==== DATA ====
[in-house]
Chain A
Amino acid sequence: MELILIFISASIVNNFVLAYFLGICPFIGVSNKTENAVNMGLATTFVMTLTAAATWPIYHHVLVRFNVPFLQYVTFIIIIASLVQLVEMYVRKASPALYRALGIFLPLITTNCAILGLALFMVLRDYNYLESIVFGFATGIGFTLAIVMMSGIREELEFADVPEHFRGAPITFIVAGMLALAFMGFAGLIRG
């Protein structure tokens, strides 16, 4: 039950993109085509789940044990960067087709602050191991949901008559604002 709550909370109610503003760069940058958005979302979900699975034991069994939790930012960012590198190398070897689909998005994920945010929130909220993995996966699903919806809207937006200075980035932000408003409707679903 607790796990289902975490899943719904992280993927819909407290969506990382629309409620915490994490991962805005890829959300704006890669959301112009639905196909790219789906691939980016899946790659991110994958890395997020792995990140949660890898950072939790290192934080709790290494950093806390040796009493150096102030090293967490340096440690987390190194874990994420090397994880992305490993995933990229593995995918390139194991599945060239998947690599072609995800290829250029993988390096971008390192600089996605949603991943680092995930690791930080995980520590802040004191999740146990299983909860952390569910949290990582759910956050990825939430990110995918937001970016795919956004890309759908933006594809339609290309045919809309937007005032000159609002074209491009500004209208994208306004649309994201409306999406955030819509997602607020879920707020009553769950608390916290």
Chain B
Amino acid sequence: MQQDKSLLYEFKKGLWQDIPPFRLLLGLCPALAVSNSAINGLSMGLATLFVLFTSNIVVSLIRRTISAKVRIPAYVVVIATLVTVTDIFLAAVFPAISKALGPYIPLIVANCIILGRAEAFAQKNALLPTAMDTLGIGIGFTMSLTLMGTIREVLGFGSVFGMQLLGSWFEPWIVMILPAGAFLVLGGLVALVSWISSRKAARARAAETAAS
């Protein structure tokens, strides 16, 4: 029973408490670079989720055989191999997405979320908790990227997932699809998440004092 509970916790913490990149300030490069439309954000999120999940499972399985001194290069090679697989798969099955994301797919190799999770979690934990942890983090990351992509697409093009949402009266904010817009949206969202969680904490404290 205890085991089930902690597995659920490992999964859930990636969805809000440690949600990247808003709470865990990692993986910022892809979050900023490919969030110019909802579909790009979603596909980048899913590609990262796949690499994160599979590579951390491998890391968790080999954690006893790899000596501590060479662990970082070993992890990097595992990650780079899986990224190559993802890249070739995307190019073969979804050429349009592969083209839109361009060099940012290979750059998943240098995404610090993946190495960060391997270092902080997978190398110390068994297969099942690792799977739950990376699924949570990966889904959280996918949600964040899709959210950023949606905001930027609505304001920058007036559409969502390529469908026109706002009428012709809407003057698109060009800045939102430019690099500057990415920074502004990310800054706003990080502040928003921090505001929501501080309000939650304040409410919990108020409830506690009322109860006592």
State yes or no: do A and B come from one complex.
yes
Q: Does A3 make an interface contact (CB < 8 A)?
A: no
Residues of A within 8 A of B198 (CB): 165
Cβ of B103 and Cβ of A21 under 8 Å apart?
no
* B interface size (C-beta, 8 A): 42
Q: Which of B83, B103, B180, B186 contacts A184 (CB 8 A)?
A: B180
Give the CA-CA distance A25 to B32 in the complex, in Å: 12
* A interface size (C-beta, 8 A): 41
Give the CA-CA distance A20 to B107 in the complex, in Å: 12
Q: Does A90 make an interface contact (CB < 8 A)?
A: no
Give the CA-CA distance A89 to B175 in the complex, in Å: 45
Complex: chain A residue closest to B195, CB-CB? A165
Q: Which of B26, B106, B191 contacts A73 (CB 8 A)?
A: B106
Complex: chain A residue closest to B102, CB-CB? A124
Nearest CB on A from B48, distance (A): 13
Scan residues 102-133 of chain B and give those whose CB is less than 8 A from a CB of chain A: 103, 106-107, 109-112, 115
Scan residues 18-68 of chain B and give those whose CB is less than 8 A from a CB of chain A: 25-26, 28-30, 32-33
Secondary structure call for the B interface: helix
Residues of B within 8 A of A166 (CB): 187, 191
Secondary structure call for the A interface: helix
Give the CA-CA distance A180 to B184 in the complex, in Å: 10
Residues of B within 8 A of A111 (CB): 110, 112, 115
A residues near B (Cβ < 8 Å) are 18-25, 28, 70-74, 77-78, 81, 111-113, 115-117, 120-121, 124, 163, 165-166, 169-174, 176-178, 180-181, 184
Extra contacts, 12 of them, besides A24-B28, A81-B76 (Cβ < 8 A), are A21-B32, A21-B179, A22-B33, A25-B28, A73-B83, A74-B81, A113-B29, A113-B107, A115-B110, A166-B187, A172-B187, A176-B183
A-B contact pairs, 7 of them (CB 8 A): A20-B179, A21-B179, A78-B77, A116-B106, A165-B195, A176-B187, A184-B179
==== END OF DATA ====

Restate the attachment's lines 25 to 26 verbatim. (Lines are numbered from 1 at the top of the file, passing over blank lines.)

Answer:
Q: Which of B26, B106, B191 contacts A73 (CB 8 A)?
A: B106